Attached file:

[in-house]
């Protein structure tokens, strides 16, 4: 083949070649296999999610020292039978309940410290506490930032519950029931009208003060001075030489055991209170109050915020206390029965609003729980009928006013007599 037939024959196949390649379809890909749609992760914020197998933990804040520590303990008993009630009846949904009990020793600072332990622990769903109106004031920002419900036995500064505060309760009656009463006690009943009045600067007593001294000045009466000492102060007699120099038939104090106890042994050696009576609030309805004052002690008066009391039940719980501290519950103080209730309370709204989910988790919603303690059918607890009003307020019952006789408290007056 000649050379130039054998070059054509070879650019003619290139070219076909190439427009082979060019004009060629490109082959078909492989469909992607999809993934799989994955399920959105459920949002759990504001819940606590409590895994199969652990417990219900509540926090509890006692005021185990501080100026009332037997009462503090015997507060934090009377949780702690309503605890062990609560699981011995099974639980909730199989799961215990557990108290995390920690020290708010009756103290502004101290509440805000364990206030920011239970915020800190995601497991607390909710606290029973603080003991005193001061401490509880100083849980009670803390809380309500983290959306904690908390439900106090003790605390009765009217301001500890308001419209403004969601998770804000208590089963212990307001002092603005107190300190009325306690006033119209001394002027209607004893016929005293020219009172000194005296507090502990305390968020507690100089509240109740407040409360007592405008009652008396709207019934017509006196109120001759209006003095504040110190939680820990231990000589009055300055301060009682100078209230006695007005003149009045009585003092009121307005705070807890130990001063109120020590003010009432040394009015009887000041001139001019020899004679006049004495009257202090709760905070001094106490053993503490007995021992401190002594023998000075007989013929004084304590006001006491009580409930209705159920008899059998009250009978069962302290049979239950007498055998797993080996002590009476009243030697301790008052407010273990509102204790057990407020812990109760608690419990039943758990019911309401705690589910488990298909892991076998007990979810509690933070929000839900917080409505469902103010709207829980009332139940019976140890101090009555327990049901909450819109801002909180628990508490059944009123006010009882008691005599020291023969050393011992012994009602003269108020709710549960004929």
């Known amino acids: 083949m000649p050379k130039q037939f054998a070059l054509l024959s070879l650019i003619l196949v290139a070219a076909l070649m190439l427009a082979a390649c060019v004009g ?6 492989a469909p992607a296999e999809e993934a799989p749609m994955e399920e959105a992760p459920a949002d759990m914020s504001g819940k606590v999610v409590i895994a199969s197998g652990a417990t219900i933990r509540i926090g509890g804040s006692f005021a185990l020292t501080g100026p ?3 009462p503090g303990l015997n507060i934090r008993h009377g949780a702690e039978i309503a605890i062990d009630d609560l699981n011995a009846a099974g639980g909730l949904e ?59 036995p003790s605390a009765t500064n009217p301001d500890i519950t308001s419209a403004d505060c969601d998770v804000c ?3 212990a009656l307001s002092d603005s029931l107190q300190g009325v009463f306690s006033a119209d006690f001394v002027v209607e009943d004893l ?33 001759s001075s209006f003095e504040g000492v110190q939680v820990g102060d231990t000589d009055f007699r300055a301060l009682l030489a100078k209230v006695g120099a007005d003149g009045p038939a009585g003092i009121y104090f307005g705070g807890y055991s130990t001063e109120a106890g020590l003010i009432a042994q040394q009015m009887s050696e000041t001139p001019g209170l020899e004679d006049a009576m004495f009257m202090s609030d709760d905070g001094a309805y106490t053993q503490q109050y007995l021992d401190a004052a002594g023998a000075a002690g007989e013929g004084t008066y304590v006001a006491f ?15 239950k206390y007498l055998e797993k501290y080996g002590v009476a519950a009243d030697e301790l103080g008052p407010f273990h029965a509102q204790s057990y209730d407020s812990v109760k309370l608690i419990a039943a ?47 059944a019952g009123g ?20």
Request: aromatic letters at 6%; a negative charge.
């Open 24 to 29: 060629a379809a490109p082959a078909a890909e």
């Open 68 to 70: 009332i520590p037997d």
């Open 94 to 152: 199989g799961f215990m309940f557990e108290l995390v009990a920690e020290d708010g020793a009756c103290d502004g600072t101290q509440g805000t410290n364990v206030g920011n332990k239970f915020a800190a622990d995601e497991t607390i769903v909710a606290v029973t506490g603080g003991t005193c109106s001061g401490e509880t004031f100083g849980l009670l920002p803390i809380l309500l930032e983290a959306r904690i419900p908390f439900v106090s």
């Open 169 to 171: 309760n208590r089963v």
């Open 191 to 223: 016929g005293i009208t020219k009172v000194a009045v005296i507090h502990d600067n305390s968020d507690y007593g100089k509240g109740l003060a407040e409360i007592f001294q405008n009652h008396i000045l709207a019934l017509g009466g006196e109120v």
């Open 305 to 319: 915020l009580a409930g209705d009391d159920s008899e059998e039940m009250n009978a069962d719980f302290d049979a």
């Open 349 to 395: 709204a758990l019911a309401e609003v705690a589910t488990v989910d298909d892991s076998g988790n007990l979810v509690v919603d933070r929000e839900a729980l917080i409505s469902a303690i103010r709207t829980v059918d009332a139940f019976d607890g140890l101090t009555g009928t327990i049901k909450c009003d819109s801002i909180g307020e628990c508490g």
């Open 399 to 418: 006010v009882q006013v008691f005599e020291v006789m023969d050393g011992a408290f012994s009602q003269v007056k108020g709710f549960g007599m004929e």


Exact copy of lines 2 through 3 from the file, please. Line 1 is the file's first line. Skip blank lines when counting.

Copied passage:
């Protein structure tokens, strides 16, 4: 083949070649296999999610020292039978309940410290506490930032519950029931009208003060001075030489055991209170109050915020206390029965609003729980009928006013007599 037939024959196949390649379809890909749609992760914020197998933990804040520590303990008993009630009846949904009990020793600072332990622990769903109106004031920002419900036995500064505060309760009656009463006690009943009045600067007593001294000045009466000492102060007699120099038939104090106890042994050696009576609030309805004052002690008066009391039940719980501290519950103080209730309370709204989910988790919603303690059918607890009003307020019952006789408290007056 000649050379130039054998070059054509070879650019003619290139070219076909190439427009082979060019004009060629490109082959078909492989469909992607999809993934799989994955399920959105459920949002759990504001819940606590409590895994199969652990417990219900509540926090509890006692005021185990501080100026009332037997009462503090015997507060934090009377949780702690309503605890062990609560699981011995099974639980909730199989799961215990557990108290995390920690020290708010009756103290502004101290509440805000364990206030920011239970915020800190995601497991607390909710606290029973603080003991005193001061401490509880100083849980009670803390809380309500983290959306904690908390439900106090003790605390009765009217301001500890308001419209403004969601998770804000208590089963212990307001002092603005107190300190009325306690006033119209001394002027209607004893016929005293020219009172000194005296507090502990305390968020507690100089509240109740407040409360007592405008009652008396709207019934017509006196109120001759209006003095504040110190939680820990231990000589009055300055301060009682100078209230006695007005003149009045009585003092009121307005705070807890130990001063109120020590003010009432040394009015009887000041001139001019020899004679006049004495009257202090709760905070001094106490053993503490007995021992401190002594023998000075007989013929004084304590006001006491009580409930209705159920008899059998009250009978069962302290049979239950007498055998797993080996002590009476009243030697301790008052407010273990509102204790057990407020812990109760608690419990039943758990019911309401705690589910488990298909892991076998007990979810509690933070929000839900917080409505469902103010709207829980009332139940019976140890101090009555327990049901909450819109801002909180628990508490059944009123006010009882008691005599020291023969050393011992012994009602003269108020709710549960004929």
């Known amino acids: 083949m000649p050379k130039q037939f054998a070059l054509l024959s070879l650019i003619l196949v290139a070219a076909l070649m190439l427009a082979a390649c060019v004009g ?6 492989a469909p992607a296999e999809e993934a799989p749609m994955e399920e959105a992760p459920a949002d759990m914020s504001g819940k606590v999610v409590i895994a199969s197998g652990a417990t219900i933990r509540i926090g509890g804040s006692f005021a185990l020292t501080g100026p ?3 009462p503090g303990l015997n507060i934090r008993h009377g949780a702690e039978i309503a605890i062990d009630d609560l699981n011995a009846a099974g639980g909730l949904e ?59 036995p003790s605390a009765t500064n009217p301001d500890i519950t308001s419209a403004d505060c969601d998770v804000c ?3 212990a009656l307001s002092d603005s029931l107190q300190g009325v009463f306690s006033a119209d006690f001394v002027v209607e009943d004893l ?33 001759s001075s209006f003095e504040g000492v110190q939680v820990g102060d231990t000589d009055f007699r300055a301060l009682l030489a100078k209230v006695g120099a007005d003149g009045p038939a009585g003092i009121y104090f307005g705070g807890y055991s130990t001063e109120a106890g020590l003010i009432a042994q040394q009015m009887s050696e000041t001139p001019g209170l020899e004679d006049a009576m004495f009257m202090s609030d709760d905070g001094a309805y106490t053993q503490q109050y007995l021992d401190a004052a002594g023998a000075a002690g007989e013929g004084t008066y304590v006001a006491f ?15 239950k206390y007498l055998e797993k501290y080996g002590v009476a519950a009243d030697e301790l103080g008052p407010f273990h029965a509102q204790s057990y209730d407020s812990v109760k309370l608690i419990a039943a ?47 059944a019952g009123g ?20």